Evaluation of toxicity.

Treatment toxicity was graded according to WHO criteria (Miller et al, 1981).



Patient characteristics are summarized in Table I. Results were analysed on an intention-to-treat basis. Median age was 54 years (range 38–65 years). Five patients were heart recipients (n = 5), three liver recipients (n = 3) and one a double lung recipient (n = 1). The initial diagnosis of PTLD was made between July 1992 and January 2002. Initially, two patients had localized stage II PTLD and seven had disseminated stage IV PTLD. The histology identified diffuse large B-cell lymphomas in seven cases, Mantle cell lymphoma in one case and atypical Burkitt lymphoma in the remaining case. The proliferation index Ki67 was extremely high (see Table I). An EBV association was confirmed in six cases, by immunohistological staining of latent membrane protein 1 and Epstein–Barr nuclear antigen 2 and by in situ hybridization of EBER transcripts.

Table I.  Characteristics of patients with refractory or relapsed post-transplant lymphoproliferative disorder.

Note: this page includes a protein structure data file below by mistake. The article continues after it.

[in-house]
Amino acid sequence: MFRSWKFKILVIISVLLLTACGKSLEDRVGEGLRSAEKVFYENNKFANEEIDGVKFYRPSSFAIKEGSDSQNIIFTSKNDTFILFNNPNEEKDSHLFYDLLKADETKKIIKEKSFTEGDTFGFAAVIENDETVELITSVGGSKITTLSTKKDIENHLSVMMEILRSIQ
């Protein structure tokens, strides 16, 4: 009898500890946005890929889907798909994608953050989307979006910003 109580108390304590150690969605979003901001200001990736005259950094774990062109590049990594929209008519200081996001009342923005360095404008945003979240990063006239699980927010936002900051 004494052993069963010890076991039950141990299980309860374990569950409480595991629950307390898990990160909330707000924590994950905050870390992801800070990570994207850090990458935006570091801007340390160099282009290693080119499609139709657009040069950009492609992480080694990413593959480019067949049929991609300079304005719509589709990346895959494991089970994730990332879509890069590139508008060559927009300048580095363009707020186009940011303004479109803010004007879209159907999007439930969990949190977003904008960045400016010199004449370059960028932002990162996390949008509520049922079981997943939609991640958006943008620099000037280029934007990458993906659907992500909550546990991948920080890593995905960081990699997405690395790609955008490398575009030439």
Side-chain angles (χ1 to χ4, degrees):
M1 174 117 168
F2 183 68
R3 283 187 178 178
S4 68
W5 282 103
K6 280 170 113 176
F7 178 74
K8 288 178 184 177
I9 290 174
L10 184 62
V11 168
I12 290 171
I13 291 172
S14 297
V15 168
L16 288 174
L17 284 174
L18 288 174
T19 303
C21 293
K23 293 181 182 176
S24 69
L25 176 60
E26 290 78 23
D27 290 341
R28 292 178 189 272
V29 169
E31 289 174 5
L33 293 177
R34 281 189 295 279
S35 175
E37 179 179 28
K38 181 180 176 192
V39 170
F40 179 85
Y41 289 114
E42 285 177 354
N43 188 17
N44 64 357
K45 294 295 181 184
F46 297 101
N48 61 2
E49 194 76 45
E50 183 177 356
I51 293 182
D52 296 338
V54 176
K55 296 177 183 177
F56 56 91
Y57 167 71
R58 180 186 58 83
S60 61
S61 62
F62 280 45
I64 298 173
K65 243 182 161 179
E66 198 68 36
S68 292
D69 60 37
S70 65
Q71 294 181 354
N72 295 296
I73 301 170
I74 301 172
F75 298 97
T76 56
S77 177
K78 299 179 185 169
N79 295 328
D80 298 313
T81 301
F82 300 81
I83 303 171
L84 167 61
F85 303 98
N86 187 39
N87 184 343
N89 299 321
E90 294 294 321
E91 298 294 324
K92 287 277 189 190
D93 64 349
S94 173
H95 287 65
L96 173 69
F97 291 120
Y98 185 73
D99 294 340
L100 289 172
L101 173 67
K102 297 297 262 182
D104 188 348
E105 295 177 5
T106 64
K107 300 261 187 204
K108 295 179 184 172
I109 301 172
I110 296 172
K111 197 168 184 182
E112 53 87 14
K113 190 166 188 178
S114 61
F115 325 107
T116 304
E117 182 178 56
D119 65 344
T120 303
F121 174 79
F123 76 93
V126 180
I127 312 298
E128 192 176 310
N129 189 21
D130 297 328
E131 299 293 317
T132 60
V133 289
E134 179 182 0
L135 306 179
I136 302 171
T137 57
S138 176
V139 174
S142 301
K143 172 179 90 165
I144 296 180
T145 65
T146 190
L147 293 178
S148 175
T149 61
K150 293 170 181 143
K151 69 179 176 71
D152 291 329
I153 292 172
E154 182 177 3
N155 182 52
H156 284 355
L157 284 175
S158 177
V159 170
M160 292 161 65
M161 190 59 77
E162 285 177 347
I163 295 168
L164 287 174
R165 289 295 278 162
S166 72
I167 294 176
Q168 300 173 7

PtAge (years)/sexTXHistologyPhenotype/CD20EBVKi67 (%)StageLDH (U/l)Location
  1. Pt, patient number; f, female; m, male; TX, organ transplanted; H, heart; DL, double lung; L, liver; R, renal; DLCL, diffuse large B-cell lymphoma; MCL, mantle cell lymphoma; ln, lymphnodes; CNS, central nervous system; EBV, associated with Epstein–Barr virus; LDH, lactate dehydrogenase; nod, nodules.

159/mHDLCLB/++60IV211Both lungs (multiple nod), liver (multiple nod), paraaortal ln
238/fDLDLCLB/++95IV438Right lung (multiple nod), supraclavicular ln, stomach, intestine, abdominal bulk
359/mHDLCLB/++70IVE329Both lungs (multiple nod)
443/fHDLCLB/++80IV220Liver, lung, cervical ln
565/mLDLCLB/+NDIV173Blood, bone marrow, CNS
646/fLDLCLB/+80II267Stomach, mesenteric ln
762/mH/RMCLB/++90IVA308Both tonsils, cervical ln, peripheral blood
853/fHDLCLB/++60IVA581Both lungs
940/fLAtypical BurkittB/+90IIB241Abdominal bulk